Top Hamas Leader to Haaretz: U.S. Sanctions to Blame for Gaza Crisis

Mahmoud Zahar: Israel is a foolish country - its stubbornness led to Second Lebanon War, which it lost.

Israel is a foolish country, according to senior Hamas leader Dr. Mahmoud Zahar. He offered this diagnosis in an interview with Haaretz at his home at the end of November, in response to a question about the fate of the prisoner swap.

"What was one of the main reasons the Second Lebanon War broke out? Hezbollah kidnapped and killed Israeli soldiers? What for? To liberate Samir Kuntar. Why? Because Israel refused to release him earlier. And then [Israel] made a war, and was defeated. And then they released Kuntar. Isn't that foolish? Now they want to repeat the same story: They want to make a laughing stock out of us, or pressure us into striking an undesirable deal. Then the Kuntar experience will be repeated... This is something that encourages kidnapping [of more soldiers] because there are a lot of people in jail. Therefore, if [the Israelis] would understand, they would finish this off tomorrow and prevent the creation of a new problem. If Israel accepts the criteria [of the release of prisoners categorized by Israel as having 'blood on their hands,'] tomorrow the matter would be over."

Responding to a question as to how it can be known that kidnapped soldier Gilad Shalit is well and being held by mature people, Zahar said that for clear reasons of security, he and his colleagues in the movement do not know details about the Israeli soldier. However, Zahar added, "do you think Hamas would keep such an important figure - not because he is Shalit but because of his exchange value - [in the hands of] immature people? That is not logical."

Zahar, a member of the Palestinian Legislative Council, has no official position in the Gaza government. In the internal elections in August, he was one of four leaders elected to the movement's political bureau.

The prisoner swap is not top priority for the Gaza public. The split between Gaza and the West Bank preoccupies it far more. In November, Fatah-Hamas reconciliation talks were to have taken place in Cairo. Hamas canceled its participation at the last minute, saying the Palestinian Authority in the West Bank was holding a few hundred of its activists. The arrests, Zahar said, are proof that Fatah and Palestinian President Mahmoud Abbas are not interested in reconciliation, or cannot do it, and that the United States and Israel "have vetoed them."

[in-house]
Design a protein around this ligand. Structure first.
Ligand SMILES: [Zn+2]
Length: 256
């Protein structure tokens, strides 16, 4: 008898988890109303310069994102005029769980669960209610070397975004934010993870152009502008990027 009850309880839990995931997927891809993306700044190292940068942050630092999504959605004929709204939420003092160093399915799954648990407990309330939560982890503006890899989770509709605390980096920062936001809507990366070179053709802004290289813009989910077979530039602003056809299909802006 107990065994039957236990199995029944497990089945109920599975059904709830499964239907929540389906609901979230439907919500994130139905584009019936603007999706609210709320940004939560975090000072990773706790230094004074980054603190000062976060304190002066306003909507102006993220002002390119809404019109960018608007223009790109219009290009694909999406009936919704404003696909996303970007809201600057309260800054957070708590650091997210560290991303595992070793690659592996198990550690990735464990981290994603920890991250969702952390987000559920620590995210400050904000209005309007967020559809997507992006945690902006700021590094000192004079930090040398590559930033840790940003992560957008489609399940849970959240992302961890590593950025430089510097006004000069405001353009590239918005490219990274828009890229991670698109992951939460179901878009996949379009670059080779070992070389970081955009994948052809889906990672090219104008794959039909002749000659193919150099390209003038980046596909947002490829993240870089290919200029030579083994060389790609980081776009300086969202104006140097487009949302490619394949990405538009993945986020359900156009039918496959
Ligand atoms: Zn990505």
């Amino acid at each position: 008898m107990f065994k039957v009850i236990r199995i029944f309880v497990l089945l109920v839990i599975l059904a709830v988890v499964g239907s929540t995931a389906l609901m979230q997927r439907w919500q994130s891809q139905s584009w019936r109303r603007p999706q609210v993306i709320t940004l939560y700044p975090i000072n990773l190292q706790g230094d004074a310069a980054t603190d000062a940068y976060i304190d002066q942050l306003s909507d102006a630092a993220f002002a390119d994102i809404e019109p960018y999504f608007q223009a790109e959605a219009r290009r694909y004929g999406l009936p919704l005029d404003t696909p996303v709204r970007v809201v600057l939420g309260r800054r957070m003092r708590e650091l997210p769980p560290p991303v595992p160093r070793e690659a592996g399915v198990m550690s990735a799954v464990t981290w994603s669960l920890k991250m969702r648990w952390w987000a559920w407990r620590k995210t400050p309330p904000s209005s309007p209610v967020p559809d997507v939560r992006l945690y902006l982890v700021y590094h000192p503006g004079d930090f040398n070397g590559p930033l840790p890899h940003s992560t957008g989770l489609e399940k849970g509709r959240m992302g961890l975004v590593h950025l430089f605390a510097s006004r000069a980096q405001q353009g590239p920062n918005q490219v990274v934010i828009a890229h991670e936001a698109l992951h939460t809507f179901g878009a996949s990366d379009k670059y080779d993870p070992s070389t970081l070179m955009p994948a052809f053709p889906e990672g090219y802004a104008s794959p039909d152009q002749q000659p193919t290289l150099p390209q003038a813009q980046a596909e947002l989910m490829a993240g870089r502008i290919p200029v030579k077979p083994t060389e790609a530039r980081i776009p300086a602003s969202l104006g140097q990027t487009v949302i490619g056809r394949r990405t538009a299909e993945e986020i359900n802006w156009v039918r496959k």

Hamas is to mark 21 years since its establishment with a rally Sunday. Zahar's statements reflect the movement's feeling of self-confidence. "For us, it's better to unify the West Bank and Gaza, politically and socially. That's our stand, because we are the only legitimate side in the Palestinian Authority. We gained a majority in the Legislative Council [which three weeks ago declared Abbas president of Palestine], in the governments (the Hamas-led government and unity government) and we still enjoy the majority of the popular support. For our national interest it is good to be unified, but it should not be at any price."

"Abu Mazen [Abbas] is in real crisis, and the indication is that he is looking for any sort of legitimacy. Abu Mazen went to what is called the PLO central council. What is this central council? How many does it number? How many attended this meeting? Eighty-five? Is the number of the central council members, 85? And suppose it is 300, 3,000 - is it logical to give 300 or 3,000 or 85 people the right to choose a president? It's funny. He is looking for something. He is not a president - he's chairman of the Palestinian Authority, but he is not president."